Levinthal v. First Republic Securities Company, LLC ⇒ $2.17 million

The Law Offices of Cary S. Lapidus recovered $2.17 million for clients who sustained losses in a complex municipal arbitrage bond fund. The clients alleged that the fund was unsuitable for them and that the firm that recommended and sold the investment had failed to perform proper due diligence. The award is notable for awarding the full amount of the clients' damages, including out-of-pocket losses and arbitration expenses.

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“Cary Lapidus is probably the most well prepared attorney with whom I have ever dealt. He has excellent judgment and understanding of the law. Most important of all, he is highly ethical and those who deal with him know that his word is his bond.“
Paul Dubow
Opposing Counsel & Mediator in Six Cases


In The News

SAN FRANCISCO FIRM ORDERED TO PAY $750,000
A Madoff-related Case
Nathan Becker
Wall Street Journal
December 15, 2010

A San Francisco financial-services firm has been ordered to pay a family trust $750,000 after recommending it invest in a fund that indirectly funneled money to imprisoned swindler Bernard Madoff.
In 2007, Lenore and Charles Bleadon, owners of a family trust long managed by brokerage firm Stone & Youngberg LLC, were approached by firm advisers who recommended the Bleadons invest in a fund that turned out to have indirectly funneled money to Madoff's company, according to case-related documents submitted to the Financial Industry Regulatory Authority by the Bleadons' lawyer, Cary Lapidus.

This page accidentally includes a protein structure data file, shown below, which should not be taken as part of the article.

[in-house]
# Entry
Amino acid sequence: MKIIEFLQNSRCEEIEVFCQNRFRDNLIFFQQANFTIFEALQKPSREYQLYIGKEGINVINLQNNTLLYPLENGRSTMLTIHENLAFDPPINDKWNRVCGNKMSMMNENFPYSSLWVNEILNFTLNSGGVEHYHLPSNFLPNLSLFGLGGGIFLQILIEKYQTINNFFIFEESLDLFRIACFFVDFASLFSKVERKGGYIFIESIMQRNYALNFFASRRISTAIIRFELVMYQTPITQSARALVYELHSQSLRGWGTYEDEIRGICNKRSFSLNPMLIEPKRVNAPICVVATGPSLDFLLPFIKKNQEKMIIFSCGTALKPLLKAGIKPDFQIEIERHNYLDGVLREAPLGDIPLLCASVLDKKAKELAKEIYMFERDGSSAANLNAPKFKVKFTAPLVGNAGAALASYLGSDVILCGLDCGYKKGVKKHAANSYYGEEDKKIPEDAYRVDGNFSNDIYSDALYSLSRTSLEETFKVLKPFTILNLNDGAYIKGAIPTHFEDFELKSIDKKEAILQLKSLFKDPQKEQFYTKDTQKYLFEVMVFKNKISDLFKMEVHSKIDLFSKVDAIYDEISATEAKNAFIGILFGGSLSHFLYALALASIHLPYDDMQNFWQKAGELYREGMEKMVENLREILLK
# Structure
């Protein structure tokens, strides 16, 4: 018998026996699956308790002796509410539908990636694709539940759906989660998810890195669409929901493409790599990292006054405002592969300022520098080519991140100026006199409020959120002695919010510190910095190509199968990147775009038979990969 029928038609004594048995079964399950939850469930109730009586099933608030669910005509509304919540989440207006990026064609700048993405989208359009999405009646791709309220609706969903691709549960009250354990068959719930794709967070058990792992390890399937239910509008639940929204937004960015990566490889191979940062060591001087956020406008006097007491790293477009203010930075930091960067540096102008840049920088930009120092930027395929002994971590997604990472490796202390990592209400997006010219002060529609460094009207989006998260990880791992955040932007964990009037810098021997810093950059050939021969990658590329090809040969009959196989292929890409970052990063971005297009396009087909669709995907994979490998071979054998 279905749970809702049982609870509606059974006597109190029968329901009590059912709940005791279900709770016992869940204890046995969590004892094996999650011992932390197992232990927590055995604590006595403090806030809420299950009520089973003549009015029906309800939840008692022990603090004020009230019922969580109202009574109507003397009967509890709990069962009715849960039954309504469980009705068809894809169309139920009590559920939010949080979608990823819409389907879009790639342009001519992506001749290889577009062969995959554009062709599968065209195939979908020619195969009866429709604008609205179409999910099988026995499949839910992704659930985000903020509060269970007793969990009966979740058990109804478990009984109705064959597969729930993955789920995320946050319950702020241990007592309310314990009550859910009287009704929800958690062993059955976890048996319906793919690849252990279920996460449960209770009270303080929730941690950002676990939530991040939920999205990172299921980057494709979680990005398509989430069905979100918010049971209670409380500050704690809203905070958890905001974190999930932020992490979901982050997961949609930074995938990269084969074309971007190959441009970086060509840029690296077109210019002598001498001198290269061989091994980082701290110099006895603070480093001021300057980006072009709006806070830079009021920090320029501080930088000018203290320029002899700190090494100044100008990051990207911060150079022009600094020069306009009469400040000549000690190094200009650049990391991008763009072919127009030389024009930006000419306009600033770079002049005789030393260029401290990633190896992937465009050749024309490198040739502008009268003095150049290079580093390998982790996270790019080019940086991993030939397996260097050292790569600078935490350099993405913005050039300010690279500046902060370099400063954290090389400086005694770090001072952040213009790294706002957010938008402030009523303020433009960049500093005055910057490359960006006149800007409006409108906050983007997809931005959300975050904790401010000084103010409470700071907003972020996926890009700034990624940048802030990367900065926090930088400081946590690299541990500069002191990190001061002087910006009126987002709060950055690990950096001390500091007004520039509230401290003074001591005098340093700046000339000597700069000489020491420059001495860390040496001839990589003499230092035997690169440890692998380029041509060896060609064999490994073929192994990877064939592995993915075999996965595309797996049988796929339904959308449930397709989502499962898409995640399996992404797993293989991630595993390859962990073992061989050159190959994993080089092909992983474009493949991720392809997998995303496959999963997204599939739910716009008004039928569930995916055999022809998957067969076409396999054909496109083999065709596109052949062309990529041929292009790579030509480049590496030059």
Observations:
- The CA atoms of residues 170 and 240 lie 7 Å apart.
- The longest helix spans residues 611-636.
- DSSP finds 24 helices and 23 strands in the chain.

According to the document, Stone & Youngberg ''did not engage in any meaningful due diligence in complete disregard to its fiduciary duty to its clients. Stone & Youngberg conducted no investigation of the ultimate destination of its clients' funds--Madoff Securities.''
A message left with a Stone & Youngberg representative wasn't immediately returned.
The San Francisco FINRA arbitration panel ruled in favor of the Bleadons, who own the Kay Family Revocable Trust.
Other rulings have been made in similar cases, with arbitration panels awarding money directly from feeder funds to investors--but Lapidus said he thinks this is the first situation in which a brokerage firm, rather than the feeder fund itself, has been ordered to pay investors.
Lapidus said he expects ''there will be a tsunami of lawsuits against brokerage firms that recommended Madoff feeder funds to their clients as a result of this award.''
Madoff pleaded guilty to running a huge Ponzi scheme in March 2009. He is serving a 150-year sentence in a North Carolina federal prison.



Please contact us for assistance with securities arbitration law, securities litigation, broker misconduct, investment advisor misconduct and investment losses.

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